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Boron is required for zebrafish embryogenesis
R.I. Rowe, C.D. Eckhert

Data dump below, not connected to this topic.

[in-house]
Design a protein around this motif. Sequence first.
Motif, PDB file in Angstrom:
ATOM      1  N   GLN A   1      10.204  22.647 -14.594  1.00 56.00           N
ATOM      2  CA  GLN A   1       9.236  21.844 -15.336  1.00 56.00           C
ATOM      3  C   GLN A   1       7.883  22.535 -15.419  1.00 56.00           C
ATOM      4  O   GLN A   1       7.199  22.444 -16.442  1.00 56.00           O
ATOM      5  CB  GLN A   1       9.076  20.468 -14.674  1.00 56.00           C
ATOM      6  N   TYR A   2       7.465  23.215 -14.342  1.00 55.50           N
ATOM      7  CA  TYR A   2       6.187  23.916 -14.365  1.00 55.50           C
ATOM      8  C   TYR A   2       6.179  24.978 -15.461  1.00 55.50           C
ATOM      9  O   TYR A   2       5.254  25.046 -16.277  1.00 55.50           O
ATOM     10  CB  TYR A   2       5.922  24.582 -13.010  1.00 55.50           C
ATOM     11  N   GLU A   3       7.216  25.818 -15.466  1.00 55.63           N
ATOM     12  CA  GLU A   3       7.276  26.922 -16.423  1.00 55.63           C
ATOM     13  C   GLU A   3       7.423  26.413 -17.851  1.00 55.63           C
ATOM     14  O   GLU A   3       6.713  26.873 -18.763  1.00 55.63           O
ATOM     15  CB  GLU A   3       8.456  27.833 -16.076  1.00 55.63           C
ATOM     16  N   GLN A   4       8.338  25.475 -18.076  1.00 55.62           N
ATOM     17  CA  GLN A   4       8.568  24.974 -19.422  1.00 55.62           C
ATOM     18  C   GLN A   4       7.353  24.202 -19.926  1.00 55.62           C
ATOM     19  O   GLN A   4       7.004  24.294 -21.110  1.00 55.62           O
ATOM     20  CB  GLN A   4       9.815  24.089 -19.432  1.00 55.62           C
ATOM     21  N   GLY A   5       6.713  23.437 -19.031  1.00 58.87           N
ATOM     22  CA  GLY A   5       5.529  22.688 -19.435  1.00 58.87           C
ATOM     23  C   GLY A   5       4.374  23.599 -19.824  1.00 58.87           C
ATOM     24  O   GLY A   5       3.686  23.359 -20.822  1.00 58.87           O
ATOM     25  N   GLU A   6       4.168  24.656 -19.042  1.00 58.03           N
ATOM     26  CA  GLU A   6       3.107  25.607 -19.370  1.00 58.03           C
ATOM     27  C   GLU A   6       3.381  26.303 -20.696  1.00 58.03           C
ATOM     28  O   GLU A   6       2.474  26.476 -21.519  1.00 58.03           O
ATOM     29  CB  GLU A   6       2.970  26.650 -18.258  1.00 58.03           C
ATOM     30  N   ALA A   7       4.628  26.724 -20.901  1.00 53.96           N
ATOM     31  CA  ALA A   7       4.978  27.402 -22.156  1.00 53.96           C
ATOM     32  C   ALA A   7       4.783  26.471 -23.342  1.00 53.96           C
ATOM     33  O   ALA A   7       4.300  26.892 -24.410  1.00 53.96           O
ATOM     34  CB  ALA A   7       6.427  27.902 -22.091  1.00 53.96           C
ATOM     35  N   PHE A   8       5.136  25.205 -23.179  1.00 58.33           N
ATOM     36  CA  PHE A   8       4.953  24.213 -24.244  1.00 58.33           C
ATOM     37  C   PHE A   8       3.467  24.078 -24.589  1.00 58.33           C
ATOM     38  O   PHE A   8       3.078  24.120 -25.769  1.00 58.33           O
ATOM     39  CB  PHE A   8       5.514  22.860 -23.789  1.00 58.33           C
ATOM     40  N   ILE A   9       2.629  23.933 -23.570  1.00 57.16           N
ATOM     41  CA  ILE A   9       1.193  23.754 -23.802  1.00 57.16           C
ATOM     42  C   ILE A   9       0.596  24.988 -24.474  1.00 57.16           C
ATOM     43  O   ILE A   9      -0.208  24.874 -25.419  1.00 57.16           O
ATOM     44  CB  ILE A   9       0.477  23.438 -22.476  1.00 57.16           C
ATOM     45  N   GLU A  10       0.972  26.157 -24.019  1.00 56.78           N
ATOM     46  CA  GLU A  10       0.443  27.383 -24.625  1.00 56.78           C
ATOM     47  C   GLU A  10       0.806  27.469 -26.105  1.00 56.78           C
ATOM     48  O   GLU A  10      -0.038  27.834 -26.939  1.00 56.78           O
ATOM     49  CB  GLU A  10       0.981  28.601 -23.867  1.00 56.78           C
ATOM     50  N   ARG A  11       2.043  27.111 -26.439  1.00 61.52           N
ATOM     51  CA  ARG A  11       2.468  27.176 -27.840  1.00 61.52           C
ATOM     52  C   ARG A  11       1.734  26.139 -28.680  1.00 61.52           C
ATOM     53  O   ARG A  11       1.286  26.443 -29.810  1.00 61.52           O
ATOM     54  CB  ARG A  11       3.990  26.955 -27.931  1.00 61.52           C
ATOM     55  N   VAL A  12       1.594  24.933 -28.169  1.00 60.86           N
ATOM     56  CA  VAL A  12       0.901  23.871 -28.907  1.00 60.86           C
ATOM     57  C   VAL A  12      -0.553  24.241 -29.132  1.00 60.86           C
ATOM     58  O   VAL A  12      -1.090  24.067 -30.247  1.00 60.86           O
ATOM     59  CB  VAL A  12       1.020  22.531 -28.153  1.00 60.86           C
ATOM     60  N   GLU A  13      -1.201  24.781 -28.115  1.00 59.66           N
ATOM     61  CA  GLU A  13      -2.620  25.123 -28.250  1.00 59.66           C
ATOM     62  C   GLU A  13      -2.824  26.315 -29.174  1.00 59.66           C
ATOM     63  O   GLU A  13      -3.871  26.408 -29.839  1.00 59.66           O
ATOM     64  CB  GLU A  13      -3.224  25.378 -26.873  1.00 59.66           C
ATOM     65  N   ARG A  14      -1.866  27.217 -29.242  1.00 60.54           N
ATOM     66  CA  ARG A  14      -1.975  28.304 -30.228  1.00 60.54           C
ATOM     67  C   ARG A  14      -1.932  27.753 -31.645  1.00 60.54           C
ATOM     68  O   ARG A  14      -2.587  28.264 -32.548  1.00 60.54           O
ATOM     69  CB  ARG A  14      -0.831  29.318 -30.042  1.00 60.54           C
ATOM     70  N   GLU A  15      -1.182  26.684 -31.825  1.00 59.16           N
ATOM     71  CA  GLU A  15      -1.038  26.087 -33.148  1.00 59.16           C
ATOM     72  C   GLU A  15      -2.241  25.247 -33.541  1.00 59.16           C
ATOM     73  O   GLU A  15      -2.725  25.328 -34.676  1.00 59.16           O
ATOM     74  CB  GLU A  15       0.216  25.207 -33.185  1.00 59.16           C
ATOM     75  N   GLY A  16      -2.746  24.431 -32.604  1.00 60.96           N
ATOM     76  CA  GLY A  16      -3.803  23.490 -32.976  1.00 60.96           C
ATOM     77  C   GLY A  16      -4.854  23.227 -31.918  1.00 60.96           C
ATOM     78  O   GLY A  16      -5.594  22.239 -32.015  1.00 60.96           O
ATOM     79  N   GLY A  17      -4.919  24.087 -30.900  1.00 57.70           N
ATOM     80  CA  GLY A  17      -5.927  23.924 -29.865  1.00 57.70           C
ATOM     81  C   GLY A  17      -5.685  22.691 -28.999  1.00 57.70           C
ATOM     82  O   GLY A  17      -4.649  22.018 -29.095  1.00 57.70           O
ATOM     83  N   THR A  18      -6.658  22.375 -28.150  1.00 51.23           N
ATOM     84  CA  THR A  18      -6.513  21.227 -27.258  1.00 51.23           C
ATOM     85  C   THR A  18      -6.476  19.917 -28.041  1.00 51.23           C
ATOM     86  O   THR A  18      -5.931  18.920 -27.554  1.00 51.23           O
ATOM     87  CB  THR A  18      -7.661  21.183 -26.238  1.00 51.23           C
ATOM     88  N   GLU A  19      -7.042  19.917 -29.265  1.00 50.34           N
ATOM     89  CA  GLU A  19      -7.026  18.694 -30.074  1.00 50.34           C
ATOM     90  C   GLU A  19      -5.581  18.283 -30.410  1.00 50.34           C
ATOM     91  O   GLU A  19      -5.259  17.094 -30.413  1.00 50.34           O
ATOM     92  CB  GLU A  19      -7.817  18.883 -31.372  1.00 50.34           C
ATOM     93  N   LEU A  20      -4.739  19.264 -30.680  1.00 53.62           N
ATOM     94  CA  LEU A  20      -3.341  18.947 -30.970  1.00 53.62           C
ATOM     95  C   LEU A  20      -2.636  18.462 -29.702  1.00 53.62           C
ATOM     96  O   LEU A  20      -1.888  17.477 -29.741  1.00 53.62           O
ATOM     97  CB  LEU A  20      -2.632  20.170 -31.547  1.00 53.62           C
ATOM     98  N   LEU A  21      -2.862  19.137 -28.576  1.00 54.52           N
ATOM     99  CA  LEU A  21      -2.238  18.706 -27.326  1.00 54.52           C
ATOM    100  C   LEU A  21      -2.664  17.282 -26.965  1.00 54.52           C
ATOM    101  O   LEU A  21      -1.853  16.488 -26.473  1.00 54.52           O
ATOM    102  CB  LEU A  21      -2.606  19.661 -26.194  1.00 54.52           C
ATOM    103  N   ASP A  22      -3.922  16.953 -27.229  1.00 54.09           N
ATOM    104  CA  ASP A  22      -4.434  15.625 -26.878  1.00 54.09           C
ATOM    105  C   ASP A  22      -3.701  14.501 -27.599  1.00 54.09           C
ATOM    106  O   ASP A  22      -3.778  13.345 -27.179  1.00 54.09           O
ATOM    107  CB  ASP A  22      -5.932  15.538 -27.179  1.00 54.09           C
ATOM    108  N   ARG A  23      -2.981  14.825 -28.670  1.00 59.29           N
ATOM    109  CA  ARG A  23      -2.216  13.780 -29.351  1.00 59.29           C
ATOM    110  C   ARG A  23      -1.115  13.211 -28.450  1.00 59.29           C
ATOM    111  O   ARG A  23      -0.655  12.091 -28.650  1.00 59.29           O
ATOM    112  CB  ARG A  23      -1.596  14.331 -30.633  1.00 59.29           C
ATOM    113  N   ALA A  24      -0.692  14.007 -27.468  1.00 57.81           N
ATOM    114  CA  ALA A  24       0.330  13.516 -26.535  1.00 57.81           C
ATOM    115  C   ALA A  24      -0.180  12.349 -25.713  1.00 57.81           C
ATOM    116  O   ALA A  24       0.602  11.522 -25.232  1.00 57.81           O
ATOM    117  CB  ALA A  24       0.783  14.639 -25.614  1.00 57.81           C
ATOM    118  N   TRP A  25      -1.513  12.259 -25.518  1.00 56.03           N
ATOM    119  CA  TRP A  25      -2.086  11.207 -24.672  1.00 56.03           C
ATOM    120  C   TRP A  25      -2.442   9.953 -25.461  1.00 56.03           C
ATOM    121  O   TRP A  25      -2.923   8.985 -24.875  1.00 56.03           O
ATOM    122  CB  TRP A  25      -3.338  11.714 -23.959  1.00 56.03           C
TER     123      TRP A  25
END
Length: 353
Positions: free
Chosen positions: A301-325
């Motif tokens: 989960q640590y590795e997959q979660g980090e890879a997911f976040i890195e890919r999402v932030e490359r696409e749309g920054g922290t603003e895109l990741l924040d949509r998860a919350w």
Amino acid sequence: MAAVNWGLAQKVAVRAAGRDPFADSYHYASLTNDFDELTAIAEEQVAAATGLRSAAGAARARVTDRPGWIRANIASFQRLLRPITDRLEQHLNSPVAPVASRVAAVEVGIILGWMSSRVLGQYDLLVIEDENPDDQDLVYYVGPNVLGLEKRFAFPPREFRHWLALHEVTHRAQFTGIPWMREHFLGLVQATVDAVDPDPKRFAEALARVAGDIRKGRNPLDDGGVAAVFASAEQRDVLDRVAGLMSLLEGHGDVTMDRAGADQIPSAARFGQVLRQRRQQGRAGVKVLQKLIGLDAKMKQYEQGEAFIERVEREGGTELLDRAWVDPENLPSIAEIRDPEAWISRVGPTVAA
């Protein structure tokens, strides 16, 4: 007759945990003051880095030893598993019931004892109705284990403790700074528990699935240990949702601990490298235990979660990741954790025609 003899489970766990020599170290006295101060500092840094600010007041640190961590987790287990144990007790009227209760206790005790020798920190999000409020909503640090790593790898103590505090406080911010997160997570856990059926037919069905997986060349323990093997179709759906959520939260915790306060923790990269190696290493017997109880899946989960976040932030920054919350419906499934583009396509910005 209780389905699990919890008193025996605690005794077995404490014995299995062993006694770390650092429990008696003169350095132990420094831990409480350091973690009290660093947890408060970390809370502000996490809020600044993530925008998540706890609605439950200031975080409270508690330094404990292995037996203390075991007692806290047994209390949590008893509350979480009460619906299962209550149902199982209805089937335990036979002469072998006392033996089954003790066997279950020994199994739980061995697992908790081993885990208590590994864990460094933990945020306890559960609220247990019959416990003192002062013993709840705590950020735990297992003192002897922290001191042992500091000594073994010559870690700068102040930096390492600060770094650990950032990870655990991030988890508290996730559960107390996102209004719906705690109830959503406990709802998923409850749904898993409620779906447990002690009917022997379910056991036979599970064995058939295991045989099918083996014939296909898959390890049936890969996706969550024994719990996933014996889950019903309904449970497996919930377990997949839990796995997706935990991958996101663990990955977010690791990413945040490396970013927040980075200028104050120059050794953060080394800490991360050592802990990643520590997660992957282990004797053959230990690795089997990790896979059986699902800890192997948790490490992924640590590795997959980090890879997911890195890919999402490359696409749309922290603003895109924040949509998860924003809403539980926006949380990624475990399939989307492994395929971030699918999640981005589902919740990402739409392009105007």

Boron is the only element known to be essential for plants, but only circumstantial evidence for essentiality exists in animals. We report here that boron is essential for the embryonic development of zebrafish (Danio rerio). Zebrafish were maintained in water with a boron concentration of 0.1 micromol l-1 or supplemented to a concentration of 45 micromol l-1 using ultrapure boric acid. Both groups were fed boron-depleted brine shrimp. This procedure depleted the boron content of the blastulas from low-boron parents to only 5 % of the boron content of the blastulas from boron-supplemented parents. Sperm from low-boron males successfully fertilized eggs from low-boron females, but 92 % of the embryos died within 10 days. The early cleavage stage of development was the most sensitive to boron deficiency. Of the fertilized embryos, 46% did not live to complete the blastula stage. Repletion of low-boron embryos during the first hour after fertilization rescued them from death. These observations provide strong evidence that boron is essential for zebrafish development.